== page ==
A lab within a lab? Mucking around with Edison’s idea

I’ve been talking about labs and science a lot, recently. Partly because we are zeroing in on S-T-E-M areas across the board in our school, and partly because my class, after all, is a lab that is constantly under construction, so to speak. By now my students know the mantra:

I say: “This is not a computer lab, it is…”

They say: “A computer and technology lab!”

I’ve move things around, to crate more interactive spaces, and just made my robotics board a permanent fixture etc.

I may have to move the tables back a lot more, as I just heard from StarLab that we will have them set up here next month for two days. We have somehow got to fit this 25′ x 25′ inflatable planetarium inside!

A lab within a lab  lends itself to some good discussions of what exactly is a laboratory? Science is too broad and deep to limit it to something that involves chemicals or PCs, magnets or motors.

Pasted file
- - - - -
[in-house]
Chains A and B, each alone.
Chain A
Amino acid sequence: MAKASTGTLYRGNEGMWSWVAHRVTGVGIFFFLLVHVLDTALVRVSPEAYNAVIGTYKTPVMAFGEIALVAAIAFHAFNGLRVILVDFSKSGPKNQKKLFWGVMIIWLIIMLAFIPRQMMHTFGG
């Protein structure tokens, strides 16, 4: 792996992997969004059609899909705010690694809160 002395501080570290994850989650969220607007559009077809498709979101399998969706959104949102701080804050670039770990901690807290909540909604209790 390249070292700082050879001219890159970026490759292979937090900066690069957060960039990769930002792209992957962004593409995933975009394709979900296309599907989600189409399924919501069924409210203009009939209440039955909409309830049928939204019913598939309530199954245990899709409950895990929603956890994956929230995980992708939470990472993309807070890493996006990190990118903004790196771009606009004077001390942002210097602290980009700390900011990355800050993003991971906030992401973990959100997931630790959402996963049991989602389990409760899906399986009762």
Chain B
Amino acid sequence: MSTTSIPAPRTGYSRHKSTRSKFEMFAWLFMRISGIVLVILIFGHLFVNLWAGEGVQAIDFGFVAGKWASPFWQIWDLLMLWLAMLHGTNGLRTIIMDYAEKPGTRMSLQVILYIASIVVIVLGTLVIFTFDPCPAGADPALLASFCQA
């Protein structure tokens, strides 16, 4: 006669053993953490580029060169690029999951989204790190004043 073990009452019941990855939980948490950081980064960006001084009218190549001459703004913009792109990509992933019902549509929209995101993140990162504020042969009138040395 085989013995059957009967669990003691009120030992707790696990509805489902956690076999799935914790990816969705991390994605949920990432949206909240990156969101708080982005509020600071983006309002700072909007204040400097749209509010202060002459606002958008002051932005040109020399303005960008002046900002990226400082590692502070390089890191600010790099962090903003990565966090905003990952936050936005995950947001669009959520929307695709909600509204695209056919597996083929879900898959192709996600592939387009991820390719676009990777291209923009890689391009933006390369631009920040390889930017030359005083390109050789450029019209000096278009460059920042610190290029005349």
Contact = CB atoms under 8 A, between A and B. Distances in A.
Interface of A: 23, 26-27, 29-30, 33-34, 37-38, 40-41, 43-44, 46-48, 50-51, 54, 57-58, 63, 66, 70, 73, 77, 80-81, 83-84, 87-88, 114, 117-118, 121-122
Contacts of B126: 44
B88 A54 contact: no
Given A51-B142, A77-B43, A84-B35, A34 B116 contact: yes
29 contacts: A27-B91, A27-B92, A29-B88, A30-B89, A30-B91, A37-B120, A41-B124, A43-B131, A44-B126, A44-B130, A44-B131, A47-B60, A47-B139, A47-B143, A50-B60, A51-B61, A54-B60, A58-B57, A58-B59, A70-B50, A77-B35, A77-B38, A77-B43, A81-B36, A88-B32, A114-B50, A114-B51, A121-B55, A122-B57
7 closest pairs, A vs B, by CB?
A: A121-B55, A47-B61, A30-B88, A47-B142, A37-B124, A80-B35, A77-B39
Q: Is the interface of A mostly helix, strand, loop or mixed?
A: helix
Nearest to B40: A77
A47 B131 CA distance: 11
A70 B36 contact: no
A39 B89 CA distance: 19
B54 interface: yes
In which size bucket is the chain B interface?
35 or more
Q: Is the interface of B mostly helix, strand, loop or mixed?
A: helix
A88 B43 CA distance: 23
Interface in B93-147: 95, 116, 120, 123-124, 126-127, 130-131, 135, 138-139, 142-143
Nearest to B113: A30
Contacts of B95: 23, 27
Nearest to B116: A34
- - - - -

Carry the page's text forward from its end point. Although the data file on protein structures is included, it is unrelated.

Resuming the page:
If I had my way, I would build a science lab that is more Discovery Zone than science class. A place where kids could learn to try things they would never be allowed to do in a regular class. To ‘mess’ with batteries, to invent flying objects, to experiment with sound waves, and plot the path of asteroids.

Thomas Edison used to describe his team of science assistants as ‘Muckers’! Why? His buddies were apparently messing with (mucking with) many different scientific ideas, simultaneously in the lab. His earliest ‘lab’ was in the baggage car of a train! This was probably the genesis of ‘inter-disciplinary’ sciences, before we had a fancy term for it.

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